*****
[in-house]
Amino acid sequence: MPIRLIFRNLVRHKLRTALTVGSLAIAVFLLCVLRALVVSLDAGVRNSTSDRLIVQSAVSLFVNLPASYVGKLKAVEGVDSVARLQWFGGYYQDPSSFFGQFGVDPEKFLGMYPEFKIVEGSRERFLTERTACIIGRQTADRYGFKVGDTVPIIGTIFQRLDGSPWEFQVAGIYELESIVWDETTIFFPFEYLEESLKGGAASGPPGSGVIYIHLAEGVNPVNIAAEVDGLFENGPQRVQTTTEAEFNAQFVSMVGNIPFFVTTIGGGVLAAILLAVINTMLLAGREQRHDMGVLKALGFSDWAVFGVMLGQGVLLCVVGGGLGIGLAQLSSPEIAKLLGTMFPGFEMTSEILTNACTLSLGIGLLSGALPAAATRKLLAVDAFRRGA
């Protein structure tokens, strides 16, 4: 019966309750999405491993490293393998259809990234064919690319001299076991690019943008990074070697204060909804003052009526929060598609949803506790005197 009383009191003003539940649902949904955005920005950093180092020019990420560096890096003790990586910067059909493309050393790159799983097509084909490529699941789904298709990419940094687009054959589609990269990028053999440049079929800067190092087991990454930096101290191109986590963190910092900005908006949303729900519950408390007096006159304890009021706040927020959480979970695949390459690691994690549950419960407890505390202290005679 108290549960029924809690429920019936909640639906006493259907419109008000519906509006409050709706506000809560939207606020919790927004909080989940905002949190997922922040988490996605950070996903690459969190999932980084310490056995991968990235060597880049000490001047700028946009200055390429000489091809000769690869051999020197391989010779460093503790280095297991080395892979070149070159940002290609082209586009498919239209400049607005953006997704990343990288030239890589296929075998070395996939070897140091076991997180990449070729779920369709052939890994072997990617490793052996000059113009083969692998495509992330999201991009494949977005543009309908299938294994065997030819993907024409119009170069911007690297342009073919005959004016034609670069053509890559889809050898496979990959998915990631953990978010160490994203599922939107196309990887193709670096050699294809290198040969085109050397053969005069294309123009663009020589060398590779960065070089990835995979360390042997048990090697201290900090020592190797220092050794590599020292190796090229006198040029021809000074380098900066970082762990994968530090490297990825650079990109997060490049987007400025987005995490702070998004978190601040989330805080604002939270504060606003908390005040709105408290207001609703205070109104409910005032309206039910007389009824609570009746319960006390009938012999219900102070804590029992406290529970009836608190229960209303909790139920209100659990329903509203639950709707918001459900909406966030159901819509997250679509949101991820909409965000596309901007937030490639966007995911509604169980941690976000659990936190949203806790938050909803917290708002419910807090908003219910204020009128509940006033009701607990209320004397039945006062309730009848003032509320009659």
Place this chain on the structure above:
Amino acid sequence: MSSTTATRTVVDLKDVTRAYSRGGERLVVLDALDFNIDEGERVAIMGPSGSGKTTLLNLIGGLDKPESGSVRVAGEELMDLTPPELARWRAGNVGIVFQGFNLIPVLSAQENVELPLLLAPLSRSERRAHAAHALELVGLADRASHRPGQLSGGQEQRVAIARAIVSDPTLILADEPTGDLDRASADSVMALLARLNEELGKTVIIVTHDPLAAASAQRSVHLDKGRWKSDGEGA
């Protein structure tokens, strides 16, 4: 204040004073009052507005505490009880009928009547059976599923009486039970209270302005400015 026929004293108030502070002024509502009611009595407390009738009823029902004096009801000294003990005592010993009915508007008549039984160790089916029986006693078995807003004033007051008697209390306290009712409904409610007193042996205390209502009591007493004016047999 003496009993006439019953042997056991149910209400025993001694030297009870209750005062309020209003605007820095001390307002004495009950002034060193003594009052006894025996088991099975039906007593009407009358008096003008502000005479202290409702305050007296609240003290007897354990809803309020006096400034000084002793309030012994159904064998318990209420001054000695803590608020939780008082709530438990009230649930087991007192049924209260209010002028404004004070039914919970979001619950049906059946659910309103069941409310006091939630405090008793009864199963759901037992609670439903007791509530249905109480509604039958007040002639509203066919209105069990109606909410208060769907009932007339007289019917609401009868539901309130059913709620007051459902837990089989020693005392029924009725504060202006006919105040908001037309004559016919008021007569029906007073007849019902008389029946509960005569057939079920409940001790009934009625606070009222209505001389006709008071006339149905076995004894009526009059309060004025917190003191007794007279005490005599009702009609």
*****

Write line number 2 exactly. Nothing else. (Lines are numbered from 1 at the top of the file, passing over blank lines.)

Amino acid sequence: MPIRLIFRNLVRHKLRTALTVGSLAIAVFLLCVLRALVVSLDAGVRNSTSDRLIVQSAVSLFVNLPASYVGKLKAVEGVDSVARLQWFGGYYQDPSSFFGQFGVDPEKFLGMYPEFKIVEGSRERFLTERTACIIGRQTADRYGFKVGDTVPIIGTIFQRLDGSPWEFQVAGIYELESIVWDETTIFFPFEYLEESLKGGAASGPPGSGVIYIHLAEGVNPVNIAAEVDGLFENGPQRVQTTTEAEFNAQFVSMVGNIPFFVTTIGGGVLAAILLAVINTMLLAGREQRHDMGVLKALGFSDWAVFGVMLGQGVLLCVVGGGLGIGLAQLSSPEIAKLLGTMFPGFEMTSEILTNACTLSLGIGLLSGALPAAATRKLLAVDAFRRGA